Some 7,000 years ago, the Babylonians made their own form of beer, often using it in medicines.
In Medieval times it was mixed in monasteries.
But in modern times few people still make their own mainly because you can buy a six-pack almost anywhere.
But that's starting to change.
A recent resurgence of small breweries around the country has helped to create a taste for a wider variety of flavors of beer and ale that aren't available from the large, domestic commercial breweries.
So more and more people are trying to brew their own at home, say several area people who dabble in the arcane art.
"It's kind of like the wine movement back in the '70s and everybody having an awareness of wine," said Dave Montgomery, a Eudora home brewer. "It's like an ever-increasing movement."
THE UPSURGE in so-called micro-breweries, where Old World style beer is served on the premises, is creating a market for a more robust beer, said Montgomery, an underwriter for a California-based savings and loan firm.
"There are more and more home brewers all the time interested in making their own beer and who want to enjoy a good beer that's fresh," he said. "It's almost unbelievable how its snowballing."
Montgomery, who is fairly active in the K.C. Bier Meister's Club, said some of the club members have "mini-micro-breweries" in their garages, where they brew batches of 10 gallons or more.
But for the most part, the materials don't need to be that sophisticated, he said.
"Basically, you need a pot that you can boil water in," he said. "You must sanitize all the equipment. If you can boil water and mix together ingredients, you can do it."
THERE ARE many styles of beer to choose from, such as lagers, stouts, ales, meads and barley wines, the home brewers said.
Some of the more accomplished home brewers like to enter their favorite recipes in competition.
Montgomery says he's getting ready to make a light-bodied ale for Christmas.
The mixture is cooked and will take a couple of hours to brew, he said. Then it is poured into a five-gallon fermentation vessel, which is usually a glass jug or a plastic bucket.
The yeast is pitched in after the mixture is cooled. After it's fermented for 15 days, priming sugar is placed in it and the beer is bottled. In about two more weeks, effervescence will form and the brew will be ready to drink.
Taste is the big attraction.
"Our regular U.S. beer is like air water compared to the full-flavored experience of a really good beer," he said. "You really come to appreciate it. Instead of guzzling beer, you get into the actual characteristics of what you're drinking, like a wine taster."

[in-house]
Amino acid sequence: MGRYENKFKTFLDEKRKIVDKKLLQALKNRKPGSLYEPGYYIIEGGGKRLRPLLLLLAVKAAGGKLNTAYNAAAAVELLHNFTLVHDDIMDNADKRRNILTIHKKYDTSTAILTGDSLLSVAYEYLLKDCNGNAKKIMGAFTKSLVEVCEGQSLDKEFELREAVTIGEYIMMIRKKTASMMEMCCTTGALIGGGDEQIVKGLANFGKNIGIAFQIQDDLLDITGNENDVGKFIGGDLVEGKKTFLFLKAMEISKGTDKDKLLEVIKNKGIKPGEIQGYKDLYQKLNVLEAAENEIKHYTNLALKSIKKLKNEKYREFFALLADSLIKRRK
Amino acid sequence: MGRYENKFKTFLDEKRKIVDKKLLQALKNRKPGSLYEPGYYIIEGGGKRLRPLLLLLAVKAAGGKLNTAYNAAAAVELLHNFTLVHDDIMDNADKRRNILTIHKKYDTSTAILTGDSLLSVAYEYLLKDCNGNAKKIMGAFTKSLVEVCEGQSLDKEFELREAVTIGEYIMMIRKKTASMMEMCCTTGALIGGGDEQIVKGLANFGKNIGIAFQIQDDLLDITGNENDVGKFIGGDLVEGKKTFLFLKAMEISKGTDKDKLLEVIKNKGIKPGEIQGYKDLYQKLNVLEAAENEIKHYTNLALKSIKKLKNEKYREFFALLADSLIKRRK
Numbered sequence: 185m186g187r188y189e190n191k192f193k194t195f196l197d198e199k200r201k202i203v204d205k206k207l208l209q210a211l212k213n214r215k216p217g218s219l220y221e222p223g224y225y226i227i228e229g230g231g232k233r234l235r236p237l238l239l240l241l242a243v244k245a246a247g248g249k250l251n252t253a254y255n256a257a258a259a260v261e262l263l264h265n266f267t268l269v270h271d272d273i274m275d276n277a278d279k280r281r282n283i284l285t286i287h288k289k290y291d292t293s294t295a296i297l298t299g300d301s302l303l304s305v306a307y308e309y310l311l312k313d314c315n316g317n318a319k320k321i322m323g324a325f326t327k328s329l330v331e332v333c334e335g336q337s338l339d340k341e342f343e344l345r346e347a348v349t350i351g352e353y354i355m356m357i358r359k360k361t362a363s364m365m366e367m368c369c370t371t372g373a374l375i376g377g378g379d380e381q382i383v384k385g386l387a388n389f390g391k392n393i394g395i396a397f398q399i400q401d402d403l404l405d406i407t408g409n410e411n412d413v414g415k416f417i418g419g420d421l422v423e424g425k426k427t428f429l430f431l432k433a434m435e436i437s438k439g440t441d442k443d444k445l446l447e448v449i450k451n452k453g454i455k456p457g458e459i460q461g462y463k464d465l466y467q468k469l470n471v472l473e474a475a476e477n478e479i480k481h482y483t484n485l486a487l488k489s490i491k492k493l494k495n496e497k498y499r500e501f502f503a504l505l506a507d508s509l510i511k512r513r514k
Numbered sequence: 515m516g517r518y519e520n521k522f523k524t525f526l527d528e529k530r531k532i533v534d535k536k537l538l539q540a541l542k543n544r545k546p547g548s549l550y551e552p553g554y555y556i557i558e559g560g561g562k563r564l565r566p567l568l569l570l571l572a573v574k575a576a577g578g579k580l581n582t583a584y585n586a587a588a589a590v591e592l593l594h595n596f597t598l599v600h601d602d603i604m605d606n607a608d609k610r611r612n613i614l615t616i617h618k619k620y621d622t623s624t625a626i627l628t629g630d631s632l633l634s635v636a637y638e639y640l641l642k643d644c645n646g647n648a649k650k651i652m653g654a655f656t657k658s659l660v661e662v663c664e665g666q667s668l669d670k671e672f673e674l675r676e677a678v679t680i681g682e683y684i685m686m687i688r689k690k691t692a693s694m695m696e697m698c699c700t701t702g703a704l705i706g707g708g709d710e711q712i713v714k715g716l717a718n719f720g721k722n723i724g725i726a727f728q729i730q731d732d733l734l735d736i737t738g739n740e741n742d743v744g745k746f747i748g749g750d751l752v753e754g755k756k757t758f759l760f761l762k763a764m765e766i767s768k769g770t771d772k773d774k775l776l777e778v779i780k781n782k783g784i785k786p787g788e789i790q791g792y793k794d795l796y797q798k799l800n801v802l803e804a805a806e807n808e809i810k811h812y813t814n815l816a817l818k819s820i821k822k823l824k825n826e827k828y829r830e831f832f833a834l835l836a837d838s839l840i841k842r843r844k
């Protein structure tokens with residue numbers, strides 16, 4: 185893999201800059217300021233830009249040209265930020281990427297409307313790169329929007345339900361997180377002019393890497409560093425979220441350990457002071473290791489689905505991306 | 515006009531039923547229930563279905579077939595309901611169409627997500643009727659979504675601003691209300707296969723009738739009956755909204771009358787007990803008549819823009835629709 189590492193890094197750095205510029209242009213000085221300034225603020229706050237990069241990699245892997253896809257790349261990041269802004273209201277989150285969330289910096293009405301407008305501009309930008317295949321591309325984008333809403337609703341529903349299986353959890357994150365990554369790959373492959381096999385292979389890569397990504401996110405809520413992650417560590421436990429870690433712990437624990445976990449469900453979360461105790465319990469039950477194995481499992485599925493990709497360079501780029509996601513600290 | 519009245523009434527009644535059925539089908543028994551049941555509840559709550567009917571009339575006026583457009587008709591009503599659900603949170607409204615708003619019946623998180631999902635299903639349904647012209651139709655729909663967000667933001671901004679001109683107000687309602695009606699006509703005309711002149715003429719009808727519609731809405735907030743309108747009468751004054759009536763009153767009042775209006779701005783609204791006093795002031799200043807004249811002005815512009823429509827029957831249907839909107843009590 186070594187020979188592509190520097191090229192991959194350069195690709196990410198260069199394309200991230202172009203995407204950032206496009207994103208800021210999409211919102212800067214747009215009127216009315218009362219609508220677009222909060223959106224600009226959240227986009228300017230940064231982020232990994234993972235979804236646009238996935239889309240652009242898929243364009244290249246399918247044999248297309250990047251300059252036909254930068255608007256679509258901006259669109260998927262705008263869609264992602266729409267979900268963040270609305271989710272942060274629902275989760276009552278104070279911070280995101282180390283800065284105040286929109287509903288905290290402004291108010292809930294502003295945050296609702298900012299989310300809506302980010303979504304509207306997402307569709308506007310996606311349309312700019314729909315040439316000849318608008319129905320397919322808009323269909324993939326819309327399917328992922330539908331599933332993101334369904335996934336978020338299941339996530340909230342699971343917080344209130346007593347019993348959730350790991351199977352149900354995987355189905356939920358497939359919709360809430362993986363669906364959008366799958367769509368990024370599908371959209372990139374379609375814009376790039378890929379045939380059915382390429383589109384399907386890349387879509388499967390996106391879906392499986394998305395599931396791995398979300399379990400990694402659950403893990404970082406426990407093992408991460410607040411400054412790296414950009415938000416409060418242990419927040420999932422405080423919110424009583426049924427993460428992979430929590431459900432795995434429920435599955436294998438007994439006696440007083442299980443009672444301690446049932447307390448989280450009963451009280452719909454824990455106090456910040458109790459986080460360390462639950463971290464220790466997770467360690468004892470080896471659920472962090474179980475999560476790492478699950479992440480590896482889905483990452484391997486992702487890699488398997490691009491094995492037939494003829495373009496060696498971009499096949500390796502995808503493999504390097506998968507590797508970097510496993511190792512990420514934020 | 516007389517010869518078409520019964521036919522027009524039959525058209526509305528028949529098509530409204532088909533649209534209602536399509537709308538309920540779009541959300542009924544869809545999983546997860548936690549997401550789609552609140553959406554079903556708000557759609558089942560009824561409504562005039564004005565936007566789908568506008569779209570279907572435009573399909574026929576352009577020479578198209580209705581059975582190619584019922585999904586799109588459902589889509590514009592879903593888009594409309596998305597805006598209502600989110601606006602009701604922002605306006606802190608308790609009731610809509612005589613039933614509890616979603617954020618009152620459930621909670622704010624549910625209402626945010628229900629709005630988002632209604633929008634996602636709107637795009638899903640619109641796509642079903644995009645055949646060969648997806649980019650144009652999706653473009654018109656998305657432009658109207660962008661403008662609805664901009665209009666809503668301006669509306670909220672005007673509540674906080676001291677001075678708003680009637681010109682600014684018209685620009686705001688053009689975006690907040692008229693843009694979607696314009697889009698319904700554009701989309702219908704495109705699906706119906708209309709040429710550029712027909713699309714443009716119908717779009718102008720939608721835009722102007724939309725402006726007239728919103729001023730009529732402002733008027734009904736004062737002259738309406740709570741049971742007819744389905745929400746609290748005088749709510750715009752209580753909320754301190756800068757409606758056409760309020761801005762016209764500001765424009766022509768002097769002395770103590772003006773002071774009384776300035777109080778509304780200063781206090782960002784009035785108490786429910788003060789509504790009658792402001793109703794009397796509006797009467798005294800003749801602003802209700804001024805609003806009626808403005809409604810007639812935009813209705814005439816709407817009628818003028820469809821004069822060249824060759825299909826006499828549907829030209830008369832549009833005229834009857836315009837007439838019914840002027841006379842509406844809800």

JUNE JAMISON is one of the owners of the Bacchus and Barleycorn, a Merriam business that sells supplies for making beer and wine. She agrees that home brewing is becoming more popular.
"It is bigger than it used to be and I foresee it being bigger than it is now," Jamison said. "Homebrewing is an up and coming thing. It is an art not an art beyond the capability of the average person, but it is an art."
Those who want to try the art for the first time can follow a recipe or buy a "kit" beer from a supply shop, where they would add water and corn sugar to the mix.
"Some people come in and start with our kits, they never depart from it," she said. "Other people like to go on and try recipes."
She said her customers range in age from college students to people in their 80s. And the incomes are also wide-ranging from the well-to-do to those who are barely squeaking by on their Social Security checks.
One of her regular customers is Dwight Burnham, a Kansas University emeritus professor of art who has been brewing his own beer since about 1936.
BURNHAM, 73, is often called on as a storehouse of knowledge for local brewers just getting started.
Burnham said he got his start when he was going to college in Rhode Island. His knowledge of the art is so refined that he often judges beer-making contests.
"You can buy some pretty good beers," he said. "But 10 or so years ago, you couldn't get what we would consider a decent beer."
Skill and a touch of good luck are involved in making a batch of good beer, says Ben Rapp, a novice brewer who's often consulted Burnham for tips.
"It's harder than wine," Rapp said. "Dwight has made both and says making good beer is harder to make than good wine."
Rapp, a 32-year-old department manager at the local K mart, said he became interested in brewing beer about two years ago.
He said most home brewers generally make five-gallon batches, which would amount to about two cases of commercial beer.
"I PREFER the darker beers, the Bochs, a German-style beer," Rapp said. "My wife (Yvonne) likes the lighter styles. The darker beers are easier to make because you can hide the yeast flavors."
Rapp says not only is it fun to make, but it's generally cheaper to make than going out and buying commercial beer.
Also there's a sense of excitement about a new batch.
"The whole thing takes about a month or more," he said. "There's a lot of anticipation built up in that time."
Chuck Magerl, brewer and proprieter of the Free State Brewing Co., 636 Mass., says that the different varieties of beers that the small brewers are making provide an inspiration for people making beer at home.
"We get a lot of people in here who are home brewers from Lawrence, Topeka and Kansas City," Magerl said. "The extent of people's devotion to it will vary widely."
Some start with the idea they can make a cheap beer while others want to make the best beer in the world, he said.
"BUT EVERYONE is going to end up with batches of beer that not even their best friends will drink," he said.
Magerl, who got his start in home brewing in 1978, said many people probably have at least one ancestor who dabbled in the art.
"I think everybody's had something in the family history where Grampa made home brew in the basement and it blew up or something," he said.